Past projects

Discussion on the barriers to a fully inclusive society in 2012

A fully inclusive society recognises and values disabled people as equal participants. Their needs are understood as integral to the social and economic order and not identified as “special”.

To achieve full inclusion, a barrier-free physical and social environment is necessary. The Commission, in consultation with the community, has identified three key areas where disabled people continue to face barriers: the built environment; the accessing of  information and political participation.


In late 2011, the Commission released The Wider Journey: The Rights of Disabled People which  provided information on these issues and invited feedback. The Disabled People’s Rights reports have brought this information together, and include sections on the New Zealand context, international best practice, and recommendations for the future.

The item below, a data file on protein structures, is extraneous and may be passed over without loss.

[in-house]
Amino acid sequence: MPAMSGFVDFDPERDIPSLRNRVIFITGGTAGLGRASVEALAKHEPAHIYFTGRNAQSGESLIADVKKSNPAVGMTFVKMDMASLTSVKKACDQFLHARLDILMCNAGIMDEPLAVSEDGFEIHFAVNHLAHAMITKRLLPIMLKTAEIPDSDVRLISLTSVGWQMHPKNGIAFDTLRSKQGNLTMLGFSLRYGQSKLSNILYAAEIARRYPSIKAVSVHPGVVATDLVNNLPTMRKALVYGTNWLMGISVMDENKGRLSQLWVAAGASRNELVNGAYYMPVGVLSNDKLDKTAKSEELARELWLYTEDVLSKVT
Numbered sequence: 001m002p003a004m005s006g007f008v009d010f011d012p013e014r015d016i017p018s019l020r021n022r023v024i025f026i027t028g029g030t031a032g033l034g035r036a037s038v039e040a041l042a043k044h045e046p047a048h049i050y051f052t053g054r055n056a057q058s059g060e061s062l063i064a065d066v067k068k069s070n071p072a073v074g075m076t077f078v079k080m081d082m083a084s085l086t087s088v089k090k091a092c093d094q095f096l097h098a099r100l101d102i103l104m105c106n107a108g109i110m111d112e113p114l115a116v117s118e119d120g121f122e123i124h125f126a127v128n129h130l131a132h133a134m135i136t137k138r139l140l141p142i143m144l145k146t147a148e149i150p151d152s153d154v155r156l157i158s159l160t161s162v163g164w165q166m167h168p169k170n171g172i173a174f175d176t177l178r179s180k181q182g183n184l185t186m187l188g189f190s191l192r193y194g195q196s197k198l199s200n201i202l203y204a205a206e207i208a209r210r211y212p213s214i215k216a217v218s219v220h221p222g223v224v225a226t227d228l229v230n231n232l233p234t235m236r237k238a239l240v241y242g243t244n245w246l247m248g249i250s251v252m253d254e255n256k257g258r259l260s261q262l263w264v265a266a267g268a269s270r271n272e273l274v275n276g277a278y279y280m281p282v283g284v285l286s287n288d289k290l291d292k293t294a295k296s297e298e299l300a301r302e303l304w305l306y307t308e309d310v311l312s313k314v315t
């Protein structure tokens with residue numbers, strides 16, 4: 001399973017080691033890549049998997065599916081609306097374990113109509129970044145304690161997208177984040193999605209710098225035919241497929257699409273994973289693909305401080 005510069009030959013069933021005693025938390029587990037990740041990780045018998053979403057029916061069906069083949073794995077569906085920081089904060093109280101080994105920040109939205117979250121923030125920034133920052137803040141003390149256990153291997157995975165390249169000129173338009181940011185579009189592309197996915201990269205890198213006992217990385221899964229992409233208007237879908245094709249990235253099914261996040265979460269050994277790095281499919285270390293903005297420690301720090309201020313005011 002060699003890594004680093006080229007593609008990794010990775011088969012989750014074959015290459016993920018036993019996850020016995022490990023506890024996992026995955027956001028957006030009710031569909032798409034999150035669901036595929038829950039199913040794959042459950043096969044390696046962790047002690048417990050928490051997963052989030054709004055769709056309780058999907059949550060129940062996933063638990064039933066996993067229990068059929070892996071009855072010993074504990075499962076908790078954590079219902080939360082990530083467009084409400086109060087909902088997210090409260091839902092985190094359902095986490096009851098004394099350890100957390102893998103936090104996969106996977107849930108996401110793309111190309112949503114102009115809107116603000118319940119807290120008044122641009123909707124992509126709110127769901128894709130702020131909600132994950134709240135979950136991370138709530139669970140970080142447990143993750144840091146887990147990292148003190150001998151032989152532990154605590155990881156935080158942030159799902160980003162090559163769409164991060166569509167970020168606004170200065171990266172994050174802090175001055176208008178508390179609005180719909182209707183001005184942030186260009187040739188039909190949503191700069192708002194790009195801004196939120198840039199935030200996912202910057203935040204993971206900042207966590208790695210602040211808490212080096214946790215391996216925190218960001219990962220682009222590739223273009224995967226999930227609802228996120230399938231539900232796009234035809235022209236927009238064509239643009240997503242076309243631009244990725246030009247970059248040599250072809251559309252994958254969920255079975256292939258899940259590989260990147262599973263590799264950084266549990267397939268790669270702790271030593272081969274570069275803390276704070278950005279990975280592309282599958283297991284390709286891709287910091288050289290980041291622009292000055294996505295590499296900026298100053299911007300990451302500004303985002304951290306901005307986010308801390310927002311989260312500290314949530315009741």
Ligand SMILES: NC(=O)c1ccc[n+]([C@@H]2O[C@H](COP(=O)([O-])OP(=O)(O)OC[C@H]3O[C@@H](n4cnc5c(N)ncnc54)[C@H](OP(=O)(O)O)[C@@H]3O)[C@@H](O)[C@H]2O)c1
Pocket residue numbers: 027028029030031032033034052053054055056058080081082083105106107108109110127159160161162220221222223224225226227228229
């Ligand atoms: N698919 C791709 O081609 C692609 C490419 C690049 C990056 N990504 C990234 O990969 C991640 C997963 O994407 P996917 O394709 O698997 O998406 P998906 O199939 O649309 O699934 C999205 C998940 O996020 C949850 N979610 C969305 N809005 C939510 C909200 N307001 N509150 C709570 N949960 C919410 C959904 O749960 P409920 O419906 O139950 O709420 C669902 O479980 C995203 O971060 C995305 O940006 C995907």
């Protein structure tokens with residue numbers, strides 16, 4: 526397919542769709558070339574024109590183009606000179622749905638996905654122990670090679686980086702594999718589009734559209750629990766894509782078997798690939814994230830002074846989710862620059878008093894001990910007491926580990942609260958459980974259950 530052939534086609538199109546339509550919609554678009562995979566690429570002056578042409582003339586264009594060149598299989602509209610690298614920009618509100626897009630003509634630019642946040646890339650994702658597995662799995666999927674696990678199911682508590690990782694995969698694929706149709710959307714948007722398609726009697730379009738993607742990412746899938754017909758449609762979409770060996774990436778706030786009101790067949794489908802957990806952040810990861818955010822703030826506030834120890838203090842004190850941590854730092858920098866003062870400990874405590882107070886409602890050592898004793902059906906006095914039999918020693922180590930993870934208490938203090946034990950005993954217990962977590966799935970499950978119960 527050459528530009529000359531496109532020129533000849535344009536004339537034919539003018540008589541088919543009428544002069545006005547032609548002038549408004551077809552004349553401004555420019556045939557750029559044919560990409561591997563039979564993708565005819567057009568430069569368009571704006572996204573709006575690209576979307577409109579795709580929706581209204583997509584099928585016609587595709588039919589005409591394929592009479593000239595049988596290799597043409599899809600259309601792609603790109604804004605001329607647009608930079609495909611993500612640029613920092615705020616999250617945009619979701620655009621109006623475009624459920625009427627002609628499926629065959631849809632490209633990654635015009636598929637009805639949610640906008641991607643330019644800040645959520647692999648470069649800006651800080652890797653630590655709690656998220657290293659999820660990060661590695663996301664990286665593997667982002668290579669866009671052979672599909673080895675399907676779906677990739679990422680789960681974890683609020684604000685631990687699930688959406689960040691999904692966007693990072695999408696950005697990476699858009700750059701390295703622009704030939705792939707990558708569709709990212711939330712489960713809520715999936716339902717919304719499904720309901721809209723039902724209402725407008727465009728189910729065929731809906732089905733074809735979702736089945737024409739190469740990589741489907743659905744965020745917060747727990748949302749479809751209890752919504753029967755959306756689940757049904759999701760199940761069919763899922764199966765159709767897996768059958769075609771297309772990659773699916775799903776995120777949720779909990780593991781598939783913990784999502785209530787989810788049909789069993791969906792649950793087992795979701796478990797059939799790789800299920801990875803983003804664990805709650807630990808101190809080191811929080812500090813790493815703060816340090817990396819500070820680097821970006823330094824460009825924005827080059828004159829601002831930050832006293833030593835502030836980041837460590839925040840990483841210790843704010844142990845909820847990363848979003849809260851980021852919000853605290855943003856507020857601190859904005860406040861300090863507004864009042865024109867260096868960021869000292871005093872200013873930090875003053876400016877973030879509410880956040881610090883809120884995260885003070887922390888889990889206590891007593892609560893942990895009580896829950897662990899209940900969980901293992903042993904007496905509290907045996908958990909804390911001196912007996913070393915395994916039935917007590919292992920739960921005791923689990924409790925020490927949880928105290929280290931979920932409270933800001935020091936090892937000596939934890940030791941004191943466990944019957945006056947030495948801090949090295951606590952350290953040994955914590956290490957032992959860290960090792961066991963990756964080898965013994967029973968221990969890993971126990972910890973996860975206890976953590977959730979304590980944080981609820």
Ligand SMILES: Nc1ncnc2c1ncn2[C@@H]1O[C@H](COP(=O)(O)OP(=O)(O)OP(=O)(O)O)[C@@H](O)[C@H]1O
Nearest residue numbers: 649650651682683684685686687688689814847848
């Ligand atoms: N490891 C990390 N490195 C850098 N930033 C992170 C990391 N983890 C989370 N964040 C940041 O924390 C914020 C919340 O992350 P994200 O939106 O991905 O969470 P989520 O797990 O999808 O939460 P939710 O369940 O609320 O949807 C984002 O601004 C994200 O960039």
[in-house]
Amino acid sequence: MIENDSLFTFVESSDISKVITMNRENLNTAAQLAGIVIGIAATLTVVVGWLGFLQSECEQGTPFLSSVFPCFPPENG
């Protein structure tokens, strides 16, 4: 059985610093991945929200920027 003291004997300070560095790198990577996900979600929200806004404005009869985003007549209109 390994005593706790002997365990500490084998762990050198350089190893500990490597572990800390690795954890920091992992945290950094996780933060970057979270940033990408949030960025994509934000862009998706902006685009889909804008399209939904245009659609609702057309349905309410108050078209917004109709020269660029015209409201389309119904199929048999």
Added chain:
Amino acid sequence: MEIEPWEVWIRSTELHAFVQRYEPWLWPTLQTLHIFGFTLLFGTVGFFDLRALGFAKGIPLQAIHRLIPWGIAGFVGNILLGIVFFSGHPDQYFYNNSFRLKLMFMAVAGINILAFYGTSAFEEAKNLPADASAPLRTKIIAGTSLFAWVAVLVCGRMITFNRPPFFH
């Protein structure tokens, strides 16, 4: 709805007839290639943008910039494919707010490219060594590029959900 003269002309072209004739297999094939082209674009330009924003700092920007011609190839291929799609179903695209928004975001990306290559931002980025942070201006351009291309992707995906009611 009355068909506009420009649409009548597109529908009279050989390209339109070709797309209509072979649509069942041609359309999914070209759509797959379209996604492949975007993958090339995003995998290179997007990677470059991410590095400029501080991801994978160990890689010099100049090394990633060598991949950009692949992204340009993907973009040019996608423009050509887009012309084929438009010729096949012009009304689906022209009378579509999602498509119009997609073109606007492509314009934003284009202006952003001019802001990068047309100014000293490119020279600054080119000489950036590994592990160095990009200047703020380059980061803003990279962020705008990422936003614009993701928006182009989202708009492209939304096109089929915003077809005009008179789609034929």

Disabled Peoples Rights Reports

With over 40 submissions received in response to the 'Wider Journey' discussion document, the Commission developed three reports on different aspects of accessibility in New Zealand. The first of these reports, Better Design and Buildings for Everyone: Disabled People’s Rights and the Built Environment, was launched in 2012 on the International Day of Persons with Disabilities.

The three reports are:

Information in these reports also informed the Commission's first annual monitoring report on the Convention on the Rights of Persons with Disabilities.